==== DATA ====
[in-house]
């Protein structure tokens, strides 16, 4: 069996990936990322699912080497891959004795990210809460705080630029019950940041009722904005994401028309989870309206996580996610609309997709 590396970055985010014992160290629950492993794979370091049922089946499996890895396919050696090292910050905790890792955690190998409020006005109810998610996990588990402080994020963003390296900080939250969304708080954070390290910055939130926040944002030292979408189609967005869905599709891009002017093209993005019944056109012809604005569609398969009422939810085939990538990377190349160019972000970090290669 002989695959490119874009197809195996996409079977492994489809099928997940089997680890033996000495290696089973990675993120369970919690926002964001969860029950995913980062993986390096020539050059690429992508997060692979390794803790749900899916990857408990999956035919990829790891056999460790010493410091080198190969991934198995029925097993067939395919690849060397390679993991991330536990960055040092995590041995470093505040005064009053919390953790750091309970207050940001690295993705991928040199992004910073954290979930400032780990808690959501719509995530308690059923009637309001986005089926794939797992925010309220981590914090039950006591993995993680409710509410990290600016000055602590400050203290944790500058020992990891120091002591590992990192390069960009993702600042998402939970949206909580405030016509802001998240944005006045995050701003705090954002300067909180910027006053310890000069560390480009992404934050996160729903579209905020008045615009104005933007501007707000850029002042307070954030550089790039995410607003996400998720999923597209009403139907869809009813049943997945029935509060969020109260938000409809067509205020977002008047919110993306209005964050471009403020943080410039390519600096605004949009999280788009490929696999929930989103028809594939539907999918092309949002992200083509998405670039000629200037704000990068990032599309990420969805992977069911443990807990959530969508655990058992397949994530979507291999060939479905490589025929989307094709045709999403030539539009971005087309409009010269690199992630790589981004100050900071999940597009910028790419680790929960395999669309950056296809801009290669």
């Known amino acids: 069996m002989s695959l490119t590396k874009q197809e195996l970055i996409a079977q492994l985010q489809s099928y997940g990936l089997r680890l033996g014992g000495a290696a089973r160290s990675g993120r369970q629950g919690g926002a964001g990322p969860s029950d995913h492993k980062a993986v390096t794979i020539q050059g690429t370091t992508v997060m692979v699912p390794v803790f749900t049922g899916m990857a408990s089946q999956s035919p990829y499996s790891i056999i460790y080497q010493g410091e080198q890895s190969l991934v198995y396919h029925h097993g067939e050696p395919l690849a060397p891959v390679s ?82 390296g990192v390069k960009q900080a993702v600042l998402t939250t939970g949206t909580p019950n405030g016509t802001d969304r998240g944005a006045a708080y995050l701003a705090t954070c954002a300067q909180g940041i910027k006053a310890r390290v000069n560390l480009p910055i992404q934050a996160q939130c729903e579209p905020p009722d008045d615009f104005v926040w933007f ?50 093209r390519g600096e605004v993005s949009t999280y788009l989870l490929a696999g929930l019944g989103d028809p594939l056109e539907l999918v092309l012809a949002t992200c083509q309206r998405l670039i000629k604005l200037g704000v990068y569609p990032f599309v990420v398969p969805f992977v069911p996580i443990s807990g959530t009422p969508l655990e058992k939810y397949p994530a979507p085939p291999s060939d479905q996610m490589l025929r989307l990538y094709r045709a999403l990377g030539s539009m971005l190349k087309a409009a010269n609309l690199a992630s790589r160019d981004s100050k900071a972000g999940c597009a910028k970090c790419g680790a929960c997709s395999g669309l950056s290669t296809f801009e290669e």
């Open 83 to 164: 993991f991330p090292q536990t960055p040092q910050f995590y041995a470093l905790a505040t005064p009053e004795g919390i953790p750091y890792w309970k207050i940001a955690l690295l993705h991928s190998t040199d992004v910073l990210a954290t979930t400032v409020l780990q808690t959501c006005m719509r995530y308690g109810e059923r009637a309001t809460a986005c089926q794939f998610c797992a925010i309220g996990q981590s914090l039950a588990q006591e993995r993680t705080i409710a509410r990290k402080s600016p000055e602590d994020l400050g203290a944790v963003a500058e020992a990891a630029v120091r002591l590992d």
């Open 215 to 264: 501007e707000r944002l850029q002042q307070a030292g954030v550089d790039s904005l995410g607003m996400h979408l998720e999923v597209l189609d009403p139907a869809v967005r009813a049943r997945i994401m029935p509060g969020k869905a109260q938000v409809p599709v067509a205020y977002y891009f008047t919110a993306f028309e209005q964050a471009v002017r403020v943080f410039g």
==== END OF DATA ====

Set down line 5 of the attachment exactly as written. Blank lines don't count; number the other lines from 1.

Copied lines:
């Open 215 to 264: 501007e707000r944002l850029q002042q307070a030292g954030v550089d790039s904005l995410g607003m996400h979408l998720e999923v597209l189609d009403p139907a869809v967005r009813a049943r997945i994401m029935p509060g969020k869905a109260q938000v409809p599709v067509a205020y977002y891009f008047t919110a993306f028309e209005q964050a471009v002017r403020v943080f410039g």